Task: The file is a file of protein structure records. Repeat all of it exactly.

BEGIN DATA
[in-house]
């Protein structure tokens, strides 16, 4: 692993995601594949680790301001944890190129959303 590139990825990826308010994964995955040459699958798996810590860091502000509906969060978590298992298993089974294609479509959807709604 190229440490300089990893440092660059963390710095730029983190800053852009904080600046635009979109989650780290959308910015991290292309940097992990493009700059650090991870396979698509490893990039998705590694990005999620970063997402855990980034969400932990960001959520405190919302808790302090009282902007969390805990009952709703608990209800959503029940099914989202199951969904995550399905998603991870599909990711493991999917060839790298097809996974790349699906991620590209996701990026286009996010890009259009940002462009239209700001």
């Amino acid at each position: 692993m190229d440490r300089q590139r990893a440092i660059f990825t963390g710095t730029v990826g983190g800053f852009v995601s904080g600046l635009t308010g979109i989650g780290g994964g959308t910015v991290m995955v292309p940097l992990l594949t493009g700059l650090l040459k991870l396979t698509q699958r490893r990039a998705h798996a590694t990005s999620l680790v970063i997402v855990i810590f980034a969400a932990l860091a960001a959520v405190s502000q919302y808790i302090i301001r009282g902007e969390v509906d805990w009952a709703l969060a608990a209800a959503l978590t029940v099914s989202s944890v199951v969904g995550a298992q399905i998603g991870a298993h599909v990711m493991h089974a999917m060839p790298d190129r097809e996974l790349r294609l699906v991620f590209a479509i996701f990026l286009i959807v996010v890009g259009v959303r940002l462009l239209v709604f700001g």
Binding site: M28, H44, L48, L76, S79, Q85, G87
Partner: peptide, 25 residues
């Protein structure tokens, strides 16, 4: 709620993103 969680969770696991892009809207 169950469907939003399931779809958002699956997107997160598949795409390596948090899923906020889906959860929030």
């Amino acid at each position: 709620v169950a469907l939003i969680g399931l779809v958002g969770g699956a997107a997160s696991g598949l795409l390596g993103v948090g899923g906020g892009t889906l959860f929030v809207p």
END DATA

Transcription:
[in-house]
């Protein structure tokens, strides 16, 4: 692993995601594949680790301001944890190129959303 590139990825990826308010994964995955040459699958798996810590860091502000509906969060978590298992298993089974294609479509959807709604 190229440490300089990893440092660059963390710095730029983190800053852009904080600046635009979109989650780290959308910015991290292309940097992990493009700059650090991870396979698509490893990039998705590694990005999620970063997402855990980034969400932990960001959520405190919302808790302090009282902007969390805990009952709703608990209800959503029940099914989202199951969904995550399905998603991870599909990711493991999917060839790298097809996974790349699906991620590209996701990026286009996010890009259009940002462009239209700001």
């Amino acid at each position: 692993m190229d440490r300089q590139r990893a440092i660059f990825t963390g710095t730029v990826g983190g800053f852009v995601s904080g600046l635009t308010g979109i989650g780290g994964g959308t910015v991290m995955v292309p940097l992990l594949t493009g700059l650090l040459k991870l396979t698509q699958r490893r990039a998705h798996a590694t990005s999620l680790v970063i997402v855990i810590f980034a969400a932990l860091a960001a959520v405190s502000q919302y808790i302090i301001r009282g902007e969390v509906d805990w009952a709703l969060a608990a209800a959503l978590t029940v099914s989202s944890v199951v969904g995550a298992q399905i998603g991870a298993h599909v990711m493991h089974a999917m060839p790298d190129r097809e996974l790349r294609l699906v991620f590209a479509i996701f990026l286009i959807v996010v890009g259009v959303r940002l462009l239209v709604f700001g």
Binding site: M28, H44, L48, L76, S79, Q85, G87
Partner: peptide, 25 residues
């Protein structure tokens, strides 16, 4: 709620993103 969680969770696991892009809207 169950469907939003399931779809958002699956997107997160598949795409390596948090899923906020889906959860929030």
């Amino acid at each position: 709620v169950a469907l939003i969680g399931l779809v958002g969770g699956a997107a997160s696991g598949l795409l390596g993103v948090g899923g906020g892009t889906l959860f929030v809207p």